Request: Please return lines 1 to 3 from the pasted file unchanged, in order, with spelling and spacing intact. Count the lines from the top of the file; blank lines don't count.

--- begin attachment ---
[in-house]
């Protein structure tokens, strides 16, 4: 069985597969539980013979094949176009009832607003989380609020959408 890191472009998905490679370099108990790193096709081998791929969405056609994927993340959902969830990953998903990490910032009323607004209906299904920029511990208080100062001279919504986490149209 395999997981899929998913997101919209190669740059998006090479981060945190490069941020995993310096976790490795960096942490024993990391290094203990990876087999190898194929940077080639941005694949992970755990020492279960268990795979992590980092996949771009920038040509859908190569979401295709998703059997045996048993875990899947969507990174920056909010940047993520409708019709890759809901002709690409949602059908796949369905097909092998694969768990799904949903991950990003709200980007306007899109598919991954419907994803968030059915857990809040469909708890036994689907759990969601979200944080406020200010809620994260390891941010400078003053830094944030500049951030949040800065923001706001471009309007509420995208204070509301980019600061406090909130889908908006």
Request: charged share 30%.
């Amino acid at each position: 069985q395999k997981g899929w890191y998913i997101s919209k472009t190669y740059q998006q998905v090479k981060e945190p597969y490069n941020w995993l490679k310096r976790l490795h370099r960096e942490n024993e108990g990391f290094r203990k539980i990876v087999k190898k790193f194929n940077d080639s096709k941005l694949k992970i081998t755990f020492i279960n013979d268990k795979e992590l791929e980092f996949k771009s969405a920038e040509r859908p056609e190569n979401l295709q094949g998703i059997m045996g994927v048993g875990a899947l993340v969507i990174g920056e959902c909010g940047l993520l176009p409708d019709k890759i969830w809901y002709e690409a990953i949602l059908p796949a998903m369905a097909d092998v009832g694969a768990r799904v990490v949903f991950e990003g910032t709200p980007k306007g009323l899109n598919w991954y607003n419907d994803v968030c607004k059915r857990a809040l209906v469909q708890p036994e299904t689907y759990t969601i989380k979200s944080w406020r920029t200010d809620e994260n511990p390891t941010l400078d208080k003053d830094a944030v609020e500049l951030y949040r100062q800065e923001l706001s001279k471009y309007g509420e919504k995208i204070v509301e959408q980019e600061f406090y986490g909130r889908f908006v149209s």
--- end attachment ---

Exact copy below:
[in-house]
């Protein structure tokens, strides 16, 4: 069985597969539980013979094949176009009832607003989380609020959408 890191472009998905490679370099108990790193096709081998791929969405056609994927993340959902969830990953998903990490910032009323607004209906299904920029511990208080100062001279919504986490149209 395999997981899929998913997101919209190669740059998006090479981060945190490069941020995993310096976790490795960096942490024993990391290094203990990876087999190898194929940077080639941005694949992970755990020492279960268990795979992590980092996949771009920038040509859908190569979401295709998703059997045996048993875990899947969507990174920056909010940047993520409708019709890759809901002709690409949602059908796949369905097909092998694969768990799904949903991950990003709200980007306007899109598919991954419907994803968030059915857990809040469909708890036994689907759990969601979200944080406020200010809620994260390891941010400078003053830094944030500049951030949040800065923001706001471009309007509420995208204070509301980019600061406090909130889908908006």
Request: charged share 30%.